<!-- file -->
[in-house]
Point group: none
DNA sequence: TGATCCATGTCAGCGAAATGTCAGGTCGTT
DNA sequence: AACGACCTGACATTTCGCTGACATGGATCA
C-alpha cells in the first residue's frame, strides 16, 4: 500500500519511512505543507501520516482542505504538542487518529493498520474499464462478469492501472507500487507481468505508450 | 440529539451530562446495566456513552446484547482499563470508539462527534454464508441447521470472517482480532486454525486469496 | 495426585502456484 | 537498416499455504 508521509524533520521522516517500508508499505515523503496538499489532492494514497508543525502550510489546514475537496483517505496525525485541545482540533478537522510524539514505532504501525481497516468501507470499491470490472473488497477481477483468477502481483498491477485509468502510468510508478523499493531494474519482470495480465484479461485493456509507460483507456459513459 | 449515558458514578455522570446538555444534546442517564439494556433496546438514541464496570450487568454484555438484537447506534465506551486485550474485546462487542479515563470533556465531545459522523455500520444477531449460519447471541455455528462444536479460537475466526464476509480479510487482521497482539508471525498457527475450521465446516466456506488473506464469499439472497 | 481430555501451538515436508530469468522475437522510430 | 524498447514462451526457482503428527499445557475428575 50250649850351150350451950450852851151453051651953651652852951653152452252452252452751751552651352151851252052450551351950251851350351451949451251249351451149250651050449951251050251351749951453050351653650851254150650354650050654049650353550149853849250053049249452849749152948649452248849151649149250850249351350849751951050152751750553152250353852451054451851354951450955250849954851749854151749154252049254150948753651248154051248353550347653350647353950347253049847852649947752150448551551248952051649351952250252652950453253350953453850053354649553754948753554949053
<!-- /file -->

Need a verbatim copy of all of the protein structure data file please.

[in-house]
Point group: none
DNA sequence: TGATCCATGTCAGCGAAATGTCAGGTCGTT
DNA sequence: AACGACCTGACATTTCGCTGACATGGATCA
C-alpha cells in the first residue's frame, strides 16, 4: 500500500519511512505543507501520516482542505504538542487518529493498520474499464462478469492501472507500487507481468505508450 | 440529539451530562446495566456513552446484547482499563470508539462527534454464508441447521470472517482480532486454525486469496 | 495426585502456484 | 537498416499455504 508521509524533520521522516517500508508499505515523503496538499489532492494514497508543525502550510489546514475537496483517505496525525485541545482540533478537522510524539514505532504501525481497516468501507470499491470490472473488497477481477483468477502481483498491477485509468502510468510508478523499493531494474519482470495480465484479461485493456509507460483507456459513459 | 449515558458514578455522570446538555444534546442517564439494556433496546438514541464496570450487568454484555438484537447506534465506551486485550474485546462487542479515563470533556465531545459522523455500520444477531449460519447471541455455528462444536479460537475466526464476509480479510487482521497482539508471525498457527475450521465446516466456506488473506464469499439472497 | 481430555501451538515436508530469468522475437522510430 | 524498447514462451526457482503428527499445557475428575 50250649850351150350451950450852851151453051651953651652852951653152452252452252452751751552651352151851252052450551351950251851350351451949451251249351451149250651050449951251050251351749951453050351653650851254150650354650050654049650353550149853849250053049249452849749152948649452248849151649149250850249351350849751951050152751750553152250353852451054451851354951450955250849954851749854151749154252049254150948753651248154051248353550347653350647353950347253049847852649947752150448551551248952051649351952250252652950453253350953453850053354649553754948753554949053